Now We’re All Friedmaniacs

Maybe somebody can help me out with the math here. I’m trying to crunch numbers in order to understand what’s going on and something’s just not adding up.

The government of Ontario wants to freeze teachers’ wages for a couple of years (and prohibit them from striking during that time as well – but that’s another story). This is being done, we’re told, as part of an austerity drive in order to reduce the provincial deficit/debt which, we’re told, is nothing short of crushing. The accompanying strike ban is just for kicks, really. Something to do with a couple upcoming by-elections. But that’s another story.

Here’s what I don’t get.

We freeze teachers’ wages, therefore reducing the amount of money the government has to dole out. This reduces costs and reduces our deficit/debt. That’s pretty straight forward.

But by freezing wages doesn’t that flat line or, in real dollars, reduce the amount of taxes being collected by this same government? So while cutting costs, this move also reduces revenue. Surely there must be a study somewhere, with facts and figures that show overall this will ultimately amount in more cash for the government not less because if it’s less, well then, this manoeuvre could be seen as somewhat counter-productive to the claimed goal of reducing our deficit/debt.

Certainly, if we’re frolicking in the murky waters of economic theory, freezing wages will also dampen consumer spending especially in these our tough economic times. Less money in our jeans, as members of the former provincial Tory government would like to say, means less spending and less spending means less tax revenue in government coffers and less money in the coffers makes reducing our deficit/debt that much more difficulty.

Again, Premier McGuinty and his brain trust has factored all this in, obviously, tabulated costs versus spending, money going out and money coming in, and rationally decided that this makes good fiscal sense, yeah? It’s my math that’s bad not theirs, I’m hoping. This will all be short term pain for long term gain. That’s what’s happening here, isn’t it?

And it’s not just some fucking knee-jerk reaction to mollify right leaning voters in a couple ridings in order to, not prop up his government from defeat, but to secure another majority. A politician’s timeline shrunk from building a future for our grandchildren to nothing more than a five week campaign run. For what?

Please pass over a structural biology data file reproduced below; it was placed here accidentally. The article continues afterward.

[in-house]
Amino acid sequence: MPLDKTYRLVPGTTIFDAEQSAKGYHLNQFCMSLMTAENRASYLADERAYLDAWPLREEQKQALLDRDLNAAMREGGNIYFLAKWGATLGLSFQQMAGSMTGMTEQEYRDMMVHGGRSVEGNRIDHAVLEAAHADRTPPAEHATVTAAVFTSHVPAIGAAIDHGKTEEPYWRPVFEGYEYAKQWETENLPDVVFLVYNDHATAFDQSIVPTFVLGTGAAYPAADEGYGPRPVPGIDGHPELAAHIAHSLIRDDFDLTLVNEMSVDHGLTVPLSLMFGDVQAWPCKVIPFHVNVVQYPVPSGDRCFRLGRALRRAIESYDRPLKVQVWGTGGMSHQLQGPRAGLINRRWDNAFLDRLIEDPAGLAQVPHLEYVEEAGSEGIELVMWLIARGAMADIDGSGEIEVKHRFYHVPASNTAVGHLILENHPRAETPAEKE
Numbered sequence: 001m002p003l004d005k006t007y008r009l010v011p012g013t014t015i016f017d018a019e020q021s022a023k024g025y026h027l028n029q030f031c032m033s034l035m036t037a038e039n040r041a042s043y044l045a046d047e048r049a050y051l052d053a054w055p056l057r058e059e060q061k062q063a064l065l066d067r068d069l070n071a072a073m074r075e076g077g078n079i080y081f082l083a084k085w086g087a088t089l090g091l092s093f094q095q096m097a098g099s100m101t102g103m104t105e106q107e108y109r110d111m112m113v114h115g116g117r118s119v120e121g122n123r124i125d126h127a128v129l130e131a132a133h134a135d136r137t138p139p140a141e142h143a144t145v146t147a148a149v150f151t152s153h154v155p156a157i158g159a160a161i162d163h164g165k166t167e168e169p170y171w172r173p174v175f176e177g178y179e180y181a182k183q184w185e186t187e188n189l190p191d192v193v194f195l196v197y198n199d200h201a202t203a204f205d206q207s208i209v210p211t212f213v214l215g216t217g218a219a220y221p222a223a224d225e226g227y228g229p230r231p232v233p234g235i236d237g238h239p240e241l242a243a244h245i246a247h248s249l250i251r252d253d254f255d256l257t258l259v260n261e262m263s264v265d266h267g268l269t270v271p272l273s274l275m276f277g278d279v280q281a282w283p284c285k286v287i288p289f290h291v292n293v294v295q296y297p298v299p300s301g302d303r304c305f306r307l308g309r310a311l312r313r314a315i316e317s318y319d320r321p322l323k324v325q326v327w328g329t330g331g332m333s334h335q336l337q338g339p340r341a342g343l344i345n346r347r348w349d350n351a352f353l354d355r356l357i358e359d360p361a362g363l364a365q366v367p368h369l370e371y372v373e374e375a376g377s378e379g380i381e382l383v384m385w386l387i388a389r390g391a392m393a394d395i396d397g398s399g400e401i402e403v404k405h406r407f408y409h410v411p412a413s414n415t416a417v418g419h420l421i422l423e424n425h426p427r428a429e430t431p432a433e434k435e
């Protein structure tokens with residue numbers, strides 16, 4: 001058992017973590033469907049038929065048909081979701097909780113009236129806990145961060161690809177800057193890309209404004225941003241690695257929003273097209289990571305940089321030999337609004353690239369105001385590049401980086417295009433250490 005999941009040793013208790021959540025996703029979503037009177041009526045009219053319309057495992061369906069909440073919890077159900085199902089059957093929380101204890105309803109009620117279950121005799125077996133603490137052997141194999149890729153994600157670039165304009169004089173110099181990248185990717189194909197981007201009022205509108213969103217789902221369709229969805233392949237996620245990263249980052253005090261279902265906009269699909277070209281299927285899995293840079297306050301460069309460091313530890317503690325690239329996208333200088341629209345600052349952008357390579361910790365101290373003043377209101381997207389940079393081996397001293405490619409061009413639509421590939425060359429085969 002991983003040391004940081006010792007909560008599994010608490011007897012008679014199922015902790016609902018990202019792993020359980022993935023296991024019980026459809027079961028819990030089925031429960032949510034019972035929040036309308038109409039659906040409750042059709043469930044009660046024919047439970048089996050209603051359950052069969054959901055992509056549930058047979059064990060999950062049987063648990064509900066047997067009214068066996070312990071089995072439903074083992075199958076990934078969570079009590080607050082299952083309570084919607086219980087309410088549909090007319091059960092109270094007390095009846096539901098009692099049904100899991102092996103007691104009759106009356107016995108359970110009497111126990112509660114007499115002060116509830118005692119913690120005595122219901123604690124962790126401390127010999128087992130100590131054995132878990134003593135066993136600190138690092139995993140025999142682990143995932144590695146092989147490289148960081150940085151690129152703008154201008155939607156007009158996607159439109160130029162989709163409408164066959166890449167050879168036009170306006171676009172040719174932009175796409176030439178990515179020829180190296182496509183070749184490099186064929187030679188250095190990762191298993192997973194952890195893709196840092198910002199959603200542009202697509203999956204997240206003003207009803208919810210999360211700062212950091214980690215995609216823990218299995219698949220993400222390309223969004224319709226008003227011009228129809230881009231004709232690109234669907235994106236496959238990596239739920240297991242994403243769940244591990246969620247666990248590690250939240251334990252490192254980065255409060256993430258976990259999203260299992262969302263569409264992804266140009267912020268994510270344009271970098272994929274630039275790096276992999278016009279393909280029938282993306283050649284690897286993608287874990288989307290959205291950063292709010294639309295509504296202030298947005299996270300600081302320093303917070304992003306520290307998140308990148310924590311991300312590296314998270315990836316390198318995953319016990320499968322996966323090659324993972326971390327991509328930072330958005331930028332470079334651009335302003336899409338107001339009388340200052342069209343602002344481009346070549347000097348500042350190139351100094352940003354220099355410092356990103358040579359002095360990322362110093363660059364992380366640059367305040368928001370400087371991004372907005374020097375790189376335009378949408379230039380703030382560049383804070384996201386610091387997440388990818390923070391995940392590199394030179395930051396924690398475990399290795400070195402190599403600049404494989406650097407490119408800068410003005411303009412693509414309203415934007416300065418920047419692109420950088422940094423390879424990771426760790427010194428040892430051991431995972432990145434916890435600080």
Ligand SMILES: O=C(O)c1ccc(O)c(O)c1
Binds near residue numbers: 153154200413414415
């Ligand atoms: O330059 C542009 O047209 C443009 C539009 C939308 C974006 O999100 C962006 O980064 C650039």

I keep hearing from our elected officials about this time in the future when we have wrestled our deficits and debt to the ground, when governments will spend again, judiciously of course. Where our taxes will remain low and our quality of life high. A time when our wealth/job creators will return to the table and deliver prosperity for all.

This is the theory. All our textbooks say it should work. It’s just that the numbers, the numbers don’t really back any of it up.

by the numbersly submitted by Cityslikr

4 Responses to Now We’re All Friedmaniacs

  1. Jer says:

    The government will get more bang for their buck by spending that same money on fixing a bridge or improving transit than they will on increasing teacher’s salaries.

  2. jc says:

    This is silly. The total wages of public workers is just about wholly comprised of taxes. The wages teachers receive is a chunk of this overall pool and the taxes they pay just means they pay back a little bit to the pool and take a smaller net chunk away at the end. Ultimately, the teachers (or any public workers) is always a drain to the city expense and not a contributor; private workforce is. Nobody will increase the overall provincial budget by spending more on the overheads.

    Now whether the public workforce has the ethical right or responsibility to ask for benefits, compensations, and wages that the private sectors do not, and is furthermore blighthly irresponsible to the overall betterment of the community, is of another debate. It’s a shame that these are the same people that are given the responsibility of educating our future generation.

  3. torontopeter says:

    I’m disappointed in you, slickr. You must it have done well in Grade 6 math.
    Let me make it easy for you.

    You get paid a salary. Does 100% of that go to taxes? Sure, some of it does. But not all. The remainder is yours to spend. Do you spend all of that remainder (I.e. “supporting the economy”)? No, hopefully you save some, and also, of the money you do spend, the province doesn’t necessarily get a piece of tax revenue. I.e. food that doesn’t have provincial portion of HST.

    If the above logic wasn’t true, and they got no take home pay, *nobody would work at all*.

    So, the net is, the province would be out some amount of cash if they allow public sector workers wages to rise.

    Seems kind of obvious to me.

  4. R B Luddite says:

    In the interest of full disclosure, I’m a teacher and a Liberal supporter. (Yeah, even now.) The first and second replies were dead on regarding the sketchy math. (But I strenuously disagree with the comments in the second paragraph of the first reply.) I receive 100% of my salary from the government and only pay back a certain percentage of that to the gov’t in the form of taxes. Freezing teachers’ salaries will indeed result in lower costs for the government.

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